As expected, diabetic individuals (65.8 ± 13.2 years old) were older than the remaining groups (63 ± 13.3 years old mean age of the pre-diabetic group and 49.5 ± 16.5 years old mean age of the non-diabetic). Gender repartition showed a different pattern in pre-diabetic than diabetic individuals; whereas males were predominantly prediabetic (56.4%, Table 2), and females were diabetic (54.3%, Table 2).

The cholesterol levels were the lowest in the diabetic group (Table 2). In contrast, triglycerides levels were the highest in diabetic patients (Table 2).

The most apparent significant difference between the three groups was the differential CBC, specifically the neutrophils and the CRP levels (Table 2). Diabetic individuals had a significantly higher percentage of neutrophils, NLR ratio, and CRP levels when compared with non and pre-diabetic individuals (P < 0.001, Table 2). Interestingly, the individuals with high NLR were mostly diabetic (P < 0.001, Table 2).

At the infectious levels, the highest prevalence of infections was observed in the pre-diabetic group (43.8%), and E. coli was the leading cause of urinary tract infections (44.2%, P > 0.05) (Table 3). Similarly, the distribution of bacterial species did not differ significantly across the study groups (Table 3).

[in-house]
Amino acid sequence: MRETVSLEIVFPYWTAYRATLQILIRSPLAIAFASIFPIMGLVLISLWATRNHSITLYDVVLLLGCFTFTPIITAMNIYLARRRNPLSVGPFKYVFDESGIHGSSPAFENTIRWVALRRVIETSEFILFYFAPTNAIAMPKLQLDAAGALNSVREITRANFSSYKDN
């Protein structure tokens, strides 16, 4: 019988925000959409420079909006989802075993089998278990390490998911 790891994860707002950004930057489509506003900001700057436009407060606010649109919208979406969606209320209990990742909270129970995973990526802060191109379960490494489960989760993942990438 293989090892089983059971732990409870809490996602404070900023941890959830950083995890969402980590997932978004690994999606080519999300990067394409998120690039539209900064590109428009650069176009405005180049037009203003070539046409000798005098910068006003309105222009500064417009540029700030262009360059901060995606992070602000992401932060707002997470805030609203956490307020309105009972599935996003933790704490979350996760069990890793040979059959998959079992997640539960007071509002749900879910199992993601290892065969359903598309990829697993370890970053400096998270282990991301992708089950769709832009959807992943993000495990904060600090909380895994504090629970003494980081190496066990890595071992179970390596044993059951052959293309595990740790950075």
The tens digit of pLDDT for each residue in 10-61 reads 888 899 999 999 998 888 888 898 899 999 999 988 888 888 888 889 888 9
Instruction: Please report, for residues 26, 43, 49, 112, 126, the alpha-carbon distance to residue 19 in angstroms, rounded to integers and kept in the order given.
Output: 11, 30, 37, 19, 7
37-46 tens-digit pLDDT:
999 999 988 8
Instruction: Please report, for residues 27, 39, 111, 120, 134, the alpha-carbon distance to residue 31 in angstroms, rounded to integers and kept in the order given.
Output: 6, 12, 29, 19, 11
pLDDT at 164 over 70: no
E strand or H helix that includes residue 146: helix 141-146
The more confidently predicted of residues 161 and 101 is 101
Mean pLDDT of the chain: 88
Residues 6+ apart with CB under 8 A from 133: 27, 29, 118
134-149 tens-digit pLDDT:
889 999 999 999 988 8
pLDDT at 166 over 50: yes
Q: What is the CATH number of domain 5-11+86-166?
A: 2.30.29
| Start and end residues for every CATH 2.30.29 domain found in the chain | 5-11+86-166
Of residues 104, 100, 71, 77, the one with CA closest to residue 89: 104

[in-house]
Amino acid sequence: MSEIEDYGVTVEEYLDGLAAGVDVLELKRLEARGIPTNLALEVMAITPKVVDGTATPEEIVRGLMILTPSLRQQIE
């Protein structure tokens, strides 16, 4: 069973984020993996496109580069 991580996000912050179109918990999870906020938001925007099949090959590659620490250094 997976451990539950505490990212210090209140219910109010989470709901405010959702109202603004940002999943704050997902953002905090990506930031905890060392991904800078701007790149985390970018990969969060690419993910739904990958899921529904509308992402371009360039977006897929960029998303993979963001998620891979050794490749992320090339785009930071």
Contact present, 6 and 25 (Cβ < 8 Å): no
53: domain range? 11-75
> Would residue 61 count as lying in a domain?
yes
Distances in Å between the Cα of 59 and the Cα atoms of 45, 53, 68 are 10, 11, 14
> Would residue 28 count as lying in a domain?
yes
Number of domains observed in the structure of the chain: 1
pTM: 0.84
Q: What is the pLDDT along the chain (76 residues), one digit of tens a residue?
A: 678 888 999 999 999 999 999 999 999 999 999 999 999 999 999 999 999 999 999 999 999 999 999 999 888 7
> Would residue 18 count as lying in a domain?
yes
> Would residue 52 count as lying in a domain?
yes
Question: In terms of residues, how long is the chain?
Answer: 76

Table 3 Distribution of Samples and Infectious agents according to HBA1C levels

Multiple logistic regression was used to determine the risk factors for diabetes in the study participants while adjusting for age, gender, BMI, and triglycerides levels. This analysis showed that age, gender, and triglycerides levels were significant predictors (P < 0.001, Table 4). Interestingly, NLR and calcemia status increased the risk of diabetes by 30% (OR = 1.3, p < 0.05, Table 4) and 100%, respectively (OR = 2.0, p < 0.001, Table 4). On the other hand, female gender was associated with decreased risk of diabetes (OR = 0.7, p < 0.035) (Table 4).

Table 4 Multiple logistic regression analysis with diabetes

An interaction analysis between calcemia and NLR in diabetes was performed. This analysis is used to determine if these two factors might interact and influence the risk of T2D. The analysis has shown that both variables interact significantly to alter the diabetes status (O.R = 1.44, P = 0.002, Table 5).

Table 5 Interaction analysis between calcemia status and neutrophils to lymphocytes ratio on Diabetes status